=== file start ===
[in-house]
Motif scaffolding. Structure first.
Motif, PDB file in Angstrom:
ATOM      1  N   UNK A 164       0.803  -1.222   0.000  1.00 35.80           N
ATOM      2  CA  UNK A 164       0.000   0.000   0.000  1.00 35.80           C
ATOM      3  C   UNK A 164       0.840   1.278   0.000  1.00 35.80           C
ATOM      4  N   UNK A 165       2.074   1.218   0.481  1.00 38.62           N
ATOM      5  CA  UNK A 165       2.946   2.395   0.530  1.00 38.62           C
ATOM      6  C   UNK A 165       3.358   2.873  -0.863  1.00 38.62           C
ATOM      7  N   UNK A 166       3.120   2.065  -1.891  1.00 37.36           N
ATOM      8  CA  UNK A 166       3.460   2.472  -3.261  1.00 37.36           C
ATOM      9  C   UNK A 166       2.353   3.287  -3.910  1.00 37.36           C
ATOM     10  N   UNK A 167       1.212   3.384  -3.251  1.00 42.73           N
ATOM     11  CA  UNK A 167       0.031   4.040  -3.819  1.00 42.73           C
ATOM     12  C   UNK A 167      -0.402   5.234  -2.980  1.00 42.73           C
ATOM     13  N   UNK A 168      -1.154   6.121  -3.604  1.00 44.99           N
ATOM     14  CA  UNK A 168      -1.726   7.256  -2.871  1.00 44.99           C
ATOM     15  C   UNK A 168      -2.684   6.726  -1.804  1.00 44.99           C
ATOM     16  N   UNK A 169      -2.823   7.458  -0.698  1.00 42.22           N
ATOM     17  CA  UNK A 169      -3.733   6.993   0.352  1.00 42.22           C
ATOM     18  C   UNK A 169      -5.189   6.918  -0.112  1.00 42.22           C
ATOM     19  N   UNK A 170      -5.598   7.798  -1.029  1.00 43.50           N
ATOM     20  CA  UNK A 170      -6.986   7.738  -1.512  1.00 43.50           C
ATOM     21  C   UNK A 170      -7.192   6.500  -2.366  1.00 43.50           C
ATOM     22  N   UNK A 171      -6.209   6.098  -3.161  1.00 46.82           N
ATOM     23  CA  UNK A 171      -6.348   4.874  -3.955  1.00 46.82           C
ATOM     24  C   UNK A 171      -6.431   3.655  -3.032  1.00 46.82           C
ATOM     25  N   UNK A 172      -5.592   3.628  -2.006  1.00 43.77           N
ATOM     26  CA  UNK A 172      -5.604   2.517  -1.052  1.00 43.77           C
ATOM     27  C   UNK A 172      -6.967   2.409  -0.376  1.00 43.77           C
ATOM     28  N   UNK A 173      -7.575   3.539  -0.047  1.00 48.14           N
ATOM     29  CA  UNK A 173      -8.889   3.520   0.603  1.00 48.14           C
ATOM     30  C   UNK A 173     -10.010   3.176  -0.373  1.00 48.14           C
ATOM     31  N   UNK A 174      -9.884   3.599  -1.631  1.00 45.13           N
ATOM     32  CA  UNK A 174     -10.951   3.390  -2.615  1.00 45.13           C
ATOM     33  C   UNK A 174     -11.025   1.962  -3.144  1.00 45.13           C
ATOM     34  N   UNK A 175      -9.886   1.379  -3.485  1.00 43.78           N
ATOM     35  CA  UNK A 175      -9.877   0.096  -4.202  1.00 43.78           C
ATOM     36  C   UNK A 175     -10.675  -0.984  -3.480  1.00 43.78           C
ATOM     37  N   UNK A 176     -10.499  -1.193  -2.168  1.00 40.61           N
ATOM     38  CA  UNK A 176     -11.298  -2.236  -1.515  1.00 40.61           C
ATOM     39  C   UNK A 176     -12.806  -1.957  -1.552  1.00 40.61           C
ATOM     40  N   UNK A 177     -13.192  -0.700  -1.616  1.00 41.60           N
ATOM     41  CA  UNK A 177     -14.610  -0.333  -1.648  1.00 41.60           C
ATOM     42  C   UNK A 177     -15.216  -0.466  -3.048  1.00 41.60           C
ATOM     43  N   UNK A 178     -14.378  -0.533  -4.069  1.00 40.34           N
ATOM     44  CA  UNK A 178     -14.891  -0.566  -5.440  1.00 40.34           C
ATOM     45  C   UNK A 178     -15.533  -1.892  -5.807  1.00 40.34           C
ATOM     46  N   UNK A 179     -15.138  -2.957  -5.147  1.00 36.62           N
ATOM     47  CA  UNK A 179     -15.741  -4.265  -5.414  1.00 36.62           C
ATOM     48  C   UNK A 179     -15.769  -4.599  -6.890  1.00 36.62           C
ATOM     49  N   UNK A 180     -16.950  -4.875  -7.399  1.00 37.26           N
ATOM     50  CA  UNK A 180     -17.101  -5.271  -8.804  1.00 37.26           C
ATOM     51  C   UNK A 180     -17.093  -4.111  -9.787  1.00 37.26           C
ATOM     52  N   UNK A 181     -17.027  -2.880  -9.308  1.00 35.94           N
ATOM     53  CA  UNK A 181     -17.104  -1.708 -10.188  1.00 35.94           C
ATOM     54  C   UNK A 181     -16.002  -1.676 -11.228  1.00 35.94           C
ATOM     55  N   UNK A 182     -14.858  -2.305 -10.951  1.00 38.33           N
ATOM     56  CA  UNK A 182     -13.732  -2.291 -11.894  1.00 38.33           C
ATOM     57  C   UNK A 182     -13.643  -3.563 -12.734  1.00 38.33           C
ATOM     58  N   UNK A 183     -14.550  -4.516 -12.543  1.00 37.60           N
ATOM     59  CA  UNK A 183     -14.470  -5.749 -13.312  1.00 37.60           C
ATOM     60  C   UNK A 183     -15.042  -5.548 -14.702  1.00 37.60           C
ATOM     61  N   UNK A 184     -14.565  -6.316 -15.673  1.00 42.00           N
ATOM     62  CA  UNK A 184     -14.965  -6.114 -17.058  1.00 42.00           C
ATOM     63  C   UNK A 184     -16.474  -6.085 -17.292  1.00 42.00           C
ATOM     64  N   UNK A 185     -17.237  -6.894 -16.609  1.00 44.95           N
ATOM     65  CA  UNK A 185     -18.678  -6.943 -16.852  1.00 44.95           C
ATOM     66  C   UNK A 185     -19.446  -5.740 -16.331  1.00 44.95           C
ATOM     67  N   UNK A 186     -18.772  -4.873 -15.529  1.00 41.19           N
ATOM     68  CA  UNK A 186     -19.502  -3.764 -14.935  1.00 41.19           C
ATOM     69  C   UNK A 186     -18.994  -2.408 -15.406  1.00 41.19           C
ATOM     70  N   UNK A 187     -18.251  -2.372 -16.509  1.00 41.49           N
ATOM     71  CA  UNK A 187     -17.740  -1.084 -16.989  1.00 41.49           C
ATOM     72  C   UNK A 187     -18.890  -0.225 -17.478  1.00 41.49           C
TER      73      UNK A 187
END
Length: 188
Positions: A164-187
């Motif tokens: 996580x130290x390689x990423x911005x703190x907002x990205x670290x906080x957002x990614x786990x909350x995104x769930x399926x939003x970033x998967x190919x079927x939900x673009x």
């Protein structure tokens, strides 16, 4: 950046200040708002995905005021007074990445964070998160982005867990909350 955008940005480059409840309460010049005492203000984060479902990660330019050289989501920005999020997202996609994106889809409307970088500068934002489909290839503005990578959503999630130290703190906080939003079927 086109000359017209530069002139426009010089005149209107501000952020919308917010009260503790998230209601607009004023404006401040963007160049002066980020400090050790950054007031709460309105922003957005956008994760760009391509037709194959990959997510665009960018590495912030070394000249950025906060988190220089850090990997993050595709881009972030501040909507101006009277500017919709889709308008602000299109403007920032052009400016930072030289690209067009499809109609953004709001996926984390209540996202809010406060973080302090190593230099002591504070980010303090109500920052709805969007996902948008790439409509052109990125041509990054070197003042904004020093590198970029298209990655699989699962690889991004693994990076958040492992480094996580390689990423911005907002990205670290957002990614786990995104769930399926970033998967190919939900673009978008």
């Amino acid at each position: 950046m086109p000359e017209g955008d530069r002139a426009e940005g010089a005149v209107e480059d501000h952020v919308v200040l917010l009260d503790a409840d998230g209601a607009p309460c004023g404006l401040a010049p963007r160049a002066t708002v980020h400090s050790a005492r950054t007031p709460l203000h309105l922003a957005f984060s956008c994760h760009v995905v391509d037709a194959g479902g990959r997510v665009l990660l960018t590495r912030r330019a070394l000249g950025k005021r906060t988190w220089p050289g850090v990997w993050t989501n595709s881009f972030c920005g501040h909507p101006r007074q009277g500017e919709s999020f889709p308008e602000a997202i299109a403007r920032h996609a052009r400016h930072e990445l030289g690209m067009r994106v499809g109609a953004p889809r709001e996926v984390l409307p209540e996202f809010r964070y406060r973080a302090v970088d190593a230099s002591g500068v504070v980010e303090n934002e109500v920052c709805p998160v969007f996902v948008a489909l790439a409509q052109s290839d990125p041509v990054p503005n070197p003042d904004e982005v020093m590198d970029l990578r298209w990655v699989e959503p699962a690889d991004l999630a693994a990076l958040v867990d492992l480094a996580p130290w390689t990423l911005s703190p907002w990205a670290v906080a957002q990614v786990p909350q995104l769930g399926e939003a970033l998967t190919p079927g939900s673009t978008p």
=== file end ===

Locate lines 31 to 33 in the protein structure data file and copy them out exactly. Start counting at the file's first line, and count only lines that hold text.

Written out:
ATOM     28  N   UNK A 173      -7.575   3.539  -0.047  1.00 48.14           N
ATOM     29  CA  UNK A 173      -8.889   3.520   0.603  1.00 48.14           C
ATOM     30  C   UNK A 173     -10.010   3.176  -0.373  1.00 48.14           C